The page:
Aristotle defined virtue as “a purposive disposition, lying in a mean that is relative to us, and determined by a rational principle, and by that which a prudent man would use to determine it. It is a mean between two kinds of vice, one of excess and the other of deficiency” (as cited in Van Hooft 2006, p. 60).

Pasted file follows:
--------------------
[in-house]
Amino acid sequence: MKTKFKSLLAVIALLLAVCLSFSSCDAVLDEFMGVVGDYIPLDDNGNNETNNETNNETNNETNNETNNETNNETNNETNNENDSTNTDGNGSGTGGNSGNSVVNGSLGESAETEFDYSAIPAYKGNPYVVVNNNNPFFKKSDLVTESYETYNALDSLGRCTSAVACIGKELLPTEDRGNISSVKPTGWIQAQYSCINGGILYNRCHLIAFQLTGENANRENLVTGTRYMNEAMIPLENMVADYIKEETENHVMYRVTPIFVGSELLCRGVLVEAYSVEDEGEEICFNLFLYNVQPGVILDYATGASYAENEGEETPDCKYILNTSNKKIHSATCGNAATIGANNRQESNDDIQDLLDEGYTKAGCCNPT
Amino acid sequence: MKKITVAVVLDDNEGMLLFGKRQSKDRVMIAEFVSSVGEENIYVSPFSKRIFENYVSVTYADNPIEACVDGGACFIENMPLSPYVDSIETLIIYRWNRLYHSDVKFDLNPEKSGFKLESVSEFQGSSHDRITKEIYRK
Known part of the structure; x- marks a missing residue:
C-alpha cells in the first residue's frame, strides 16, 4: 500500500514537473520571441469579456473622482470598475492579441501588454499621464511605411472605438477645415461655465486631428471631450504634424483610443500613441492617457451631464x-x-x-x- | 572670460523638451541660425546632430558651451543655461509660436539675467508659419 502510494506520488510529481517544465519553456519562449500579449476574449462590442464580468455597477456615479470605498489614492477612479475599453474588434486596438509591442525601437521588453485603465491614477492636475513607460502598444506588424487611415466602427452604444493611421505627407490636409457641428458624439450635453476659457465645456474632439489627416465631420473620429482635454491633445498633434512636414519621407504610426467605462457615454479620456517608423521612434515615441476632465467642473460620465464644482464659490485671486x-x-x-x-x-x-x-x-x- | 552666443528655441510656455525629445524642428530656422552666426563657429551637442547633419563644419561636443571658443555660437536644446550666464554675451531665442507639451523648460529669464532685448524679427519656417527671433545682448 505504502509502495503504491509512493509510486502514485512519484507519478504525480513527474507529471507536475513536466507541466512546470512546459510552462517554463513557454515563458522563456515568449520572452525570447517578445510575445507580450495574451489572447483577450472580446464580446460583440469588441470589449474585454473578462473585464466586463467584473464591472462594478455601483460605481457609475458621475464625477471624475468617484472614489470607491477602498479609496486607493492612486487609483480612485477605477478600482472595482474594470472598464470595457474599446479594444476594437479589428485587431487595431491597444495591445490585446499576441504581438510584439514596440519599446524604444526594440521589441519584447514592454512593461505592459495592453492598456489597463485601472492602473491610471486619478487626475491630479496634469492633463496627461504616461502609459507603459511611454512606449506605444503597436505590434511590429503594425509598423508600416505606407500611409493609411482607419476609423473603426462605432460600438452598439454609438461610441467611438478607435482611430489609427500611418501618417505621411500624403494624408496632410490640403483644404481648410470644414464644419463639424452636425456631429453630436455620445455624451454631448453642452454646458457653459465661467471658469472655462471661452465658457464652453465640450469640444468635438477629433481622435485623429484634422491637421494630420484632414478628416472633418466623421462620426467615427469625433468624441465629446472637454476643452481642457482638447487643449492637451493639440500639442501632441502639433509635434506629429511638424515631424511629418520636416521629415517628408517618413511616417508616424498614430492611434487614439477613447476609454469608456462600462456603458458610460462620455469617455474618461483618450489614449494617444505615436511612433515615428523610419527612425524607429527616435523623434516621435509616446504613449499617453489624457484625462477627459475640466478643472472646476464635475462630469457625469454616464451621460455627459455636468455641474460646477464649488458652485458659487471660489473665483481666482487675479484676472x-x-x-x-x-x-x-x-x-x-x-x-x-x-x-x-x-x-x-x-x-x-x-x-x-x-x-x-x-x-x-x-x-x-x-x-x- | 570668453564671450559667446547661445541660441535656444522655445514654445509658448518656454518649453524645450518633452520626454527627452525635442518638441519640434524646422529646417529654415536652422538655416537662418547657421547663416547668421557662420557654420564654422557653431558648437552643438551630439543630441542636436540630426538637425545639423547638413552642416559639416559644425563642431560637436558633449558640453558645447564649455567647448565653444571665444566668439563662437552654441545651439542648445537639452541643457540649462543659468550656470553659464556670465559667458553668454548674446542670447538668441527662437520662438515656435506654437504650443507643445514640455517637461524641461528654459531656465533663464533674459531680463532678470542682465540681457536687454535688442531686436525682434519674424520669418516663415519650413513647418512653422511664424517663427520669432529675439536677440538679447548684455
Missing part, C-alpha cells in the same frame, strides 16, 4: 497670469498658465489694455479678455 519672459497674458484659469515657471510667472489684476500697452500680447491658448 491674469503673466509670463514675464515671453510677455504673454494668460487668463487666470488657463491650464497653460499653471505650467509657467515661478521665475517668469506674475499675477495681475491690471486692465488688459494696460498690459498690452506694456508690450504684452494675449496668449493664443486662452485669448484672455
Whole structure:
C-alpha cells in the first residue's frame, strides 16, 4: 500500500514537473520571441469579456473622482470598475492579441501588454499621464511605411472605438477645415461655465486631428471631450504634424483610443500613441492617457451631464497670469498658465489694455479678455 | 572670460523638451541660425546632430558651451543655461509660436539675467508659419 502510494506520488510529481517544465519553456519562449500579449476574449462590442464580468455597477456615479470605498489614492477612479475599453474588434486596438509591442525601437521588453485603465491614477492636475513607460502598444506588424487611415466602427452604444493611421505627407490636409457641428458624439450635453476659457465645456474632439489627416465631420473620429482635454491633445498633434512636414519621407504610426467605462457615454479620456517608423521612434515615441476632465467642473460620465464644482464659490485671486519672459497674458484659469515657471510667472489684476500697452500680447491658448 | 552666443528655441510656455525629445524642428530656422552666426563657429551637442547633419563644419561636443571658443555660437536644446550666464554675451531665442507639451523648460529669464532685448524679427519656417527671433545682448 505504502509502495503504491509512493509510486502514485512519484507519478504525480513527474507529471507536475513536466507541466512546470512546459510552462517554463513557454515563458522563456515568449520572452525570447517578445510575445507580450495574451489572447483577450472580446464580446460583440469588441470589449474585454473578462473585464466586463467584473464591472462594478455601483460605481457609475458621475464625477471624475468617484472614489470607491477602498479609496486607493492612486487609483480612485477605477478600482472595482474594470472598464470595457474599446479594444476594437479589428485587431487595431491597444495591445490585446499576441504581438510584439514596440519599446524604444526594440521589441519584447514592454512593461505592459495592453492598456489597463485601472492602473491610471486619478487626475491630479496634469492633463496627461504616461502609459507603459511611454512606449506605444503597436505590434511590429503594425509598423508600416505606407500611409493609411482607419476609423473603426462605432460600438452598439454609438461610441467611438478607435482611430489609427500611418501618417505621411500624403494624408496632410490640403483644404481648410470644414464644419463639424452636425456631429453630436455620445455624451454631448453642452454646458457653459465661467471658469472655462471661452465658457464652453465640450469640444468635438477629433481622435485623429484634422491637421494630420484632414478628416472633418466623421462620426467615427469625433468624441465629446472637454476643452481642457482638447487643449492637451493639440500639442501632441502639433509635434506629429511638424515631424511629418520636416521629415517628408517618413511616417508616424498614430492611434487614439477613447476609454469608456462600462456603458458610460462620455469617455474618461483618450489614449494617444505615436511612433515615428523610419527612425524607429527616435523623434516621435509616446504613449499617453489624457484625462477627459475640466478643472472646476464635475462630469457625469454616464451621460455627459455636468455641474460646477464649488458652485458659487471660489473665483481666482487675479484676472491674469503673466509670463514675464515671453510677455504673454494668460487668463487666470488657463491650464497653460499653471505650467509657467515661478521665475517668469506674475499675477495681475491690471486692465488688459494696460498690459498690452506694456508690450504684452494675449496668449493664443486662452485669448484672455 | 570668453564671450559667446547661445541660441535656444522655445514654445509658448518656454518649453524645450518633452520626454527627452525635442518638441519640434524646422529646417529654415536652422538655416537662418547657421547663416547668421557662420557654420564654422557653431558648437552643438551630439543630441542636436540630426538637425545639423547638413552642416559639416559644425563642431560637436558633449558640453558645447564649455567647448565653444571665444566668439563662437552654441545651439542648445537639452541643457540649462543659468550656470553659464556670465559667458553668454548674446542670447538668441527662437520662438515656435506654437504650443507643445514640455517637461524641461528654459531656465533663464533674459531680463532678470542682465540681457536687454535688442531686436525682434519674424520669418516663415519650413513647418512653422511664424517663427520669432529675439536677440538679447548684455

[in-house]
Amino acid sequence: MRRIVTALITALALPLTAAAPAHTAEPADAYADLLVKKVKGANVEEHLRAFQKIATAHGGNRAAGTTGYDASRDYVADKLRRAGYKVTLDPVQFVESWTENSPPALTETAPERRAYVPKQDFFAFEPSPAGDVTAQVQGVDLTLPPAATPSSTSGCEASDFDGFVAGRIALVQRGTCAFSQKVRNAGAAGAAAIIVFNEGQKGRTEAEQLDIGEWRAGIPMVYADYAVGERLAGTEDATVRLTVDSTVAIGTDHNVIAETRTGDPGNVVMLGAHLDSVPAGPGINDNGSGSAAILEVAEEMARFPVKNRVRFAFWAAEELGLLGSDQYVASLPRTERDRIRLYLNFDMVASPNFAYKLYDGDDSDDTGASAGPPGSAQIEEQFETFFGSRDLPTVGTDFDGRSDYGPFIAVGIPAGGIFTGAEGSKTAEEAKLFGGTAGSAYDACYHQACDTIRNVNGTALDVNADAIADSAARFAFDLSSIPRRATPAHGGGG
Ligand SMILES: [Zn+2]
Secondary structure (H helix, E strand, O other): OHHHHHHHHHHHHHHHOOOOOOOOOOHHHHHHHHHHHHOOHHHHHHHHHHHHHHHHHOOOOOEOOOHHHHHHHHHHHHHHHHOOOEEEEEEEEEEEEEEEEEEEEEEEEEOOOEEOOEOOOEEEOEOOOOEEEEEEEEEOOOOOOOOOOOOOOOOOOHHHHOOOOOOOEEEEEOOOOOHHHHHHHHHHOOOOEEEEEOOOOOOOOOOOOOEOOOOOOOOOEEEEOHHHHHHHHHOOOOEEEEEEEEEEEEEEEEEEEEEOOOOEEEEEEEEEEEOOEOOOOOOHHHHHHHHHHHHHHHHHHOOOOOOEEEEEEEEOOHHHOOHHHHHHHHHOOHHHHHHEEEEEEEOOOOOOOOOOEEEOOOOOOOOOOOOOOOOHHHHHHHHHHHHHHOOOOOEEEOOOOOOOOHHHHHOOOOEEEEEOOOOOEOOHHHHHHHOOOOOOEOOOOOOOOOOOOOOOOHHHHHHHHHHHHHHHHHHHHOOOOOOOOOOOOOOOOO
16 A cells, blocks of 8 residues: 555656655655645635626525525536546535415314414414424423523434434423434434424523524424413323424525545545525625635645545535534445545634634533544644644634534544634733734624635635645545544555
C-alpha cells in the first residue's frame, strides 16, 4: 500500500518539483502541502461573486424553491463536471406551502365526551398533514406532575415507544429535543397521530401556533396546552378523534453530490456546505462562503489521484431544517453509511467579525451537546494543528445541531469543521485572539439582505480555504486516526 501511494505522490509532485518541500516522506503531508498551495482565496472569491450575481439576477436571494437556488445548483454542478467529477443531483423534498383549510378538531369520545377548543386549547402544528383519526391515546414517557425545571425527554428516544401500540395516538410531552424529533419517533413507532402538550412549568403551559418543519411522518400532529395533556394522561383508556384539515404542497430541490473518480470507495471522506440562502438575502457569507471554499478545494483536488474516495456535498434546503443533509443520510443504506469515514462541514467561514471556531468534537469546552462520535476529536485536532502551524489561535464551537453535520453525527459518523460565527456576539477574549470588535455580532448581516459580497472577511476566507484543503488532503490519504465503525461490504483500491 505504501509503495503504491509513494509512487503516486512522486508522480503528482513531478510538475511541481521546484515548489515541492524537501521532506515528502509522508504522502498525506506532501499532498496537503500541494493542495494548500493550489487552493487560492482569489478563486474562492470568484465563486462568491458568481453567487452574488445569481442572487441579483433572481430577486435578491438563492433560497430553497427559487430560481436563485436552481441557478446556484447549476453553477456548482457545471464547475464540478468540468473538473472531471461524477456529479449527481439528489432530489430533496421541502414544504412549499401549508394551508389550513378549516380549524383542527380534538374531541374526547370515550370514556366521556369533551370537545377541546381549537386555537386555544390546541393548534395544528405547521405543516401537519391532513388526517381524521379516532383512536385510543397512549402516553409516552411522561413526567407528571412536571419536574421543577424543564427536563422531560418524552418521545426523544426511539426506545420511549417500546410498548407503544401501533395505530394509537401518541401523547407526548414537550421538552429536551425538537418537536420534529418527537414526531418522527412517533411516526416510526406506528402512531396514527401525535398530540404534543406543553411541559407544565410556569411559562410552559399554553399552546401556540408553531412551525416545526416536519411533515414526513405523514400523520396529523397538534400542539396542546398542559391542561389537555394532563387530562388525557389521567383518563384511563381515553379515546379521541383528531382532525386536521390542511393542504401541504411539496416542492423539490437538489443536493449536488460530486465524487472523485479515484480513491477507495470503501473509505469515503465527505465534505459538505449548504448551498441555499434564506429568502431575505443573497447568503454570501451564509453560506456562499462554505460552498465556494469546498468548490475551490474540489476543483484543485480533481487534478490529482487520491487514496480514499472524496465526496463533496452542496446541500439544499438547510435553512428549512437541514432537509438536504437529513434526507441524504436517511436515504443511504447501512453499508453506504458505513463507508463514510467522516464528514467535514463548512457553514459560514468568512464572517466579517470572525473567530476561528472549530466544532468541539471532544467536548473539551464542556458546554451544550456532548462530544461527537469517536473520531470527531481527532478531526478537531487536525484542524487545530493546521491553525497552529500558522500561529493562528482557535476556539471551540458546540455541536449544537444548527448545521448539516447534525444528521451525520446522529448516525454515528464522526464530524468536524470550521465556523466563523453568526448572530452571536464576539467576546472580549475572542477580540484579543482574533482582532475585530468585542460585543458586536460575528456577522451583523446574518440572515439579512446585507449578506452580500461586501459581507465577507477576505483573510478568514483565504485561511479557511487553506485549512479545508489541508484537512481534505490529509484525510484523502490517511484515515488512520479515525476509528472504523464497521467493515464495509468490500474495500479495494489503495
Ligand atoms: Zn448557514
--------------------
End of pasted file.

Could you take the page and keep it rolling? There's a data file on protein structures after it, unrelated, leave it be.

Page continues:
This entry focuses on virtue ethics as a branch of moral philosophy. It provides an overview of virtue theory, definition of key terms, and an account of its relevance to contemporary public administration. Many different theories have resulted from virtue theory, but this entry does not attempt to account for them. Not all virtue theory emanates directly from Aristotle – for example, ancient Persian philosophy emphasized virtue ethics in both public and private life (Frye 1975). While this entry’s account of virtue comprises largely of Aristotelian concepts, it does, occasionally, refer to ancient...
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